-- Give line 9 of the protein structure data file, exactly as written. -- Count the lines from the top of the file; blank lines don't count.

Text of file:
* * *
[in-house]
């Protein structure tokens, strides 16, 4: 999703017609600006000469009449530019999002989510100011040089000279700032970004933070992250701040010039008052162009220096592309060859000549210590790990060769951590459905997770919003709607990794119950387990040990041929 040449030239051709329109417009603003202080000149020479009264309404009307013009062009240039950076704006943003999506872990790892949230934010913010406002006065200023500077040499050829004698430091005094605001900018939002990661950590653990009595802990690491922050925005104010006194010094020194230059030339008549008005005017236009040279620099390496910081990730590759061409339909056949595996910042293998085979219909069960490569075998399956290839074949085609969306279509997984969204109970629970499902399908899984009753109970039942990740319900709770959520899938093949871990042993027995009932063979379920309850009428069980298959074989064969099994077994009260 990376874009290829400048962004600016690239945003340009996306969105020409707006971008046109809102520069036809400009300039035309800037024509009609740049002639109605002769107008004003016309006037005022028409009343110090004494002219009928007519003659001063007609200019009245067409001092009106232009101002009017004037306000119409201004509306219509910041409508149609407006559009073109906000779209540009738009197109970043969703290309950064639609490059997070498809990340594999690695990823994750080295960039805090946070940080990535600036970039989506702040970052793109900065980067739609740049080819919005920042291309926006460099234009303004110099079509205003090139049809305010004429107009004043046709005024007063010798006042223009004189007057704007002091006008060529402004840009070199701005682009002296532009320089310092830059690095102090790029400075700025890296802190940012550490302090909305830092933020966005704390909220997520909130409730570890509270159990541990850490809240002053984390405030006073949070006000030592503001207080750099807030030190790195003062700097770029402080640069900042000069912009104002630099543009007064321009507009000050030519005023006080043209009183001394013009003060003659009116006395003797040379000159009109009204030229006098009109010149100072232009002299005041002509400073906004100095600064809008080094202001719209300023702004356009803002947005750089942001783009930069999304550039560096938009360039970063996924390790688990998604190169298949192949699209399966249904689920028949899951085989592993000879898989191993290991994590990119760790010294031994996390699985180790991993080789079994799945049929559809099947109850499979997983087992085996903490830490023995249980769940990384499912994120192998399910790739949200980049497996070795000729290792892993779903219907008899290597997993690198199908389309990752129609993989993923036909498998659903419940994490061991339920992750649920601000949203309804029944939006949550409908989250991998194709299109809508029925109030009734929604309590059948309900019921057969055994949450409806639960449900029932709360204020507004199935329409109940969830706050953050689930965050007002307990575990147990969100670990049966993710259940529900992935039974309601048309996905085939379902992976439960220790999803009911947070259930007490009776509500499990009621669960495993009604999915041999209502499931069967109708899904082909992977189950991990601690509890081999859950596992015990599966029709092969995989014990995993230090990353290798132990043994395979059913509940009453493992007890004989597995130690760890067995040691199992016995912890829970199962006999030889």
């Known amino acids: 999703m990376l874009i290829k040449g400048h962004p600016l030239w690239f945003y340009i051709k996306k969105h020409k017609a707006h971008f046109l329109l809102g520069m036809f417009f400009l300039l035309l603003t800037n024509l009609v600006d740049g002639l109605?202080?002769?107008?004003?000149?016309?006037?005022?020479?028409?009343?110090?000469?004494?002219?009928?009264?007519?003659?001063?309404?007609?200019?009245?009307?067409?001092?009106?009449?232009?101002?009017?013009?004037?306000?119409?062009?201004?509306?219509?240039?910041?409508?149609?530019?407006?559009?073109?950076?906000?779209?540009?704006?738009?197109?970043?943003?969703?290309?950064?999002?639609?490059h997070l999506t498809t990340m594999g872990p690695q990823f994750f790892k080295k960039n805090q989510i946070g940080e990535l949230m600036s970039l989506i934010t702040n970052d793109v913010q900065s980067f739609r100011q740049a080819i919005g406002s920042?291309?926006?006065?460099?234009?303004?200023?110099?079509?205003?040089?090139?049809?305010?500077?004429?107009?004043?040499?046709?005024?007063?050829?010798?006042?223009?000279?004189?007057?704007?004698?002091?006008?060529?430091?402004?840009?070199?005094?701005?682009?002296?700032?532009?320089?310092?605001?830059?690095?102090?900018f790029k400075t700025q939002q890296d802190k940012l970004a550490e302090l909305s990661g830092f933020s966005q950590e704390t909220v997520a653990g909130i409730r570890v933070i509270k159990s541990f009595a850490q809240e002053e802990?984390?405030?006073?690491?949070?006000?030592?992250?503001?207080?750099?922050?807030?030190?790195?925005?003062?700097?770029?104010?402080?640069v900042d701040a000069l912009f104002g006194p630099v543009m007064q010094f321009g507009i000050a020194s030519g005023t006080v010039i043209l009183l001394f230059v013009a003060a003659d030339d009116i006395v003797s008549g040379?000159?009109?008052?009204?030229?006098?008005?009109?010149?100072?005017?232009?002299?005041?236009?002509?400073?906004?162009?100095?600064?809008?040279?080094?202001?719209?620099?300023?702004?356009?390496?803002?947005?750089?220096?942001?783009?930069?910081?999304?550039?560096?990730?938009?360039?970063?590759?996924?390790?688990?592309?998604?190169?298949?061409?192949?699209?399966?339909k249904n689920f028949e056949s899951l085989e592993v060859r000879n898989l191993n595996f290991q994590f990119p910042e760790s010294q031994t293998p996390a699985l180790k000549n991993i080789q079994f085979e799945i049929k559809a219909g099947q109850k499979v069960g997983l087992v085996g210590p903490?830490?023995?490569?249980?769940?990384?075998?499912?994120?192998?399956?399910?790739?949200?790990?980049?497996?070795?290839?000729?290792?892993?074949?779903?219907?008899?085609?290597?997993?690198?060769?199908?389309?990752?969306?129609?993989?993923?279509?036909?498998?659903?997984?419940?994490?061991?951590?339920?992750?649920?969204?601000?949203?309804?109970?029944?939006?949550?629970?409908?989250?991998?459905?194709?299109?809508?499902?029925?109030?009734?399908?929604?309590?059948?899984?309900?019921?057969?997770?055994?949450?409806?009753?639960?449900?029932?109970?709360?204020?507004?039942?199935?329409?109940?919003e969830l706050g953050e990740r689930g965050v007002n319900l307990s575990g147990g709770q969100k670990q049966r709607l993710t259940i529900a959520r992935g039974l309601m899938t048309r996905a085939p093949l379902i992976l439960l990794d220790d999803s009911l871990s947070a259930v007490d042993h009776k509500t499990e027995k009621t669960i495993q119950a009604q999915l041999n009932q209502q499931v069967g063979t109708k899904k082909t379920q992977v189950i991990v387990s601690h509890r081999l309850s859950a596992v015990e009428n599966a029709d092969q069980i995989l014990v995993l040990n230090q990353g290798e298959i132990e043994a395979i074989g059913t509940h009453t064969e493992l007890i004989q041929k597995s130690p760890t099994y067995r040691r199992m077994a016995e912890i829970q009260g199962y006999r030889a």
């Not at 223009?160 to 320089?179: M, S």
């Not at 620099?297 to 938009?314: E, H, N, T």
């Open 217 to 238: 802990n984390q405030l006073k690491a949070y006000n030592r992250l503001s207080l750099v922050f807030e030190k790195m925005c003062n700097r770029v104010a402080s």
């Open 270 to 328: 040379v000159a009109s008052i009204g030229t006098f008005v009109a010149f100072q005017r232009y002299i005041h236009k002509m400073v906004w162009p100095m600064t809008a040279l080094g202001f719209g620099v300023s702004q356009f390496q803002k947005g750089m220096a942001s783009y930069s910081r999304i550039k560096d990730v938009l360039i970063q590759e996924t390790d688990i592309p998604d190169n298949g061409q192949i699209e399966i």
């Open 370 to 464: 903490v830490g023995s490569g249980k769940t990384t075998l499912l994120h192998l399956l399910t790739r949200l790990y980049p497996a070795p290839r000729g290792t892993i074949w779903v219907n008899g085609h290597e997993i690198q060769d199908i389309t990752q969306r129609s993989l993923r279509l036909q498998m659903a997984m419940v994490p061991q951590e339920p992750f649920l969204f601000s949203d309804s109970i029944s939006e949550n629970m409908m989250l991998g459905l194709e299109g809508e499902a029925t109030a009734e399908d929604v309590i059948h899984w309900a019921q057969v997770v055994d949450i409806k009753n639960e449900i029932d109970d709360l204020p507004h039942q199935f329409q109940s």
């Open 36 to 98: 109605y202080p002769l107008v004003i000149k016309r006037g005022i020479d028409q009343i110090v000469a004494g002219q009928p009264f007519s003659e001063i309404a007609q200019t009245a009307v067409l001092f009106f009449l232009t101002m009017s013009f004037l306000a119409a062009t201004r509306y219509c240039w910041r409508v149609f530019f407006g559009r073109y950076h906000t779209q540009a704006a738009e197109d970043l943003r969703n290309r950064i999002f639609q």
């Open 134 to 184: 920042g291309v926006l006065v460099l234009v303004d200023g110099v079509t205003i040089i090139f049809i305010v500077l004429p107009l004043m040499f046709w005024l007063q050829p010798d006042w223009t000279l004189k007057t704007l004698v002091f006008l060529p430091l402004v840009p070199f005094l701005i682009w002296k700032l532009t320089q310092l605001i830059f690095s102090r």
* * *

């Open 36 to 98: 109605y202080p002769l107008v004003i000149k016309r006037g005022i020479d028409q009343i110090v000469a004494g002219q009928p009264f007519s003659e001063i309404a007609q200019t009245a009307v067409l001092f009106f009449l232009t101002m009017s013009f004037l306000a119409a062009t201004r509306y219509c240039w910041r409508v149609f530019f407006g559009r073109y950076h906000t779209q540009a704006a738009e197109d970043l943003r969703n290309r950064i999002f639609q």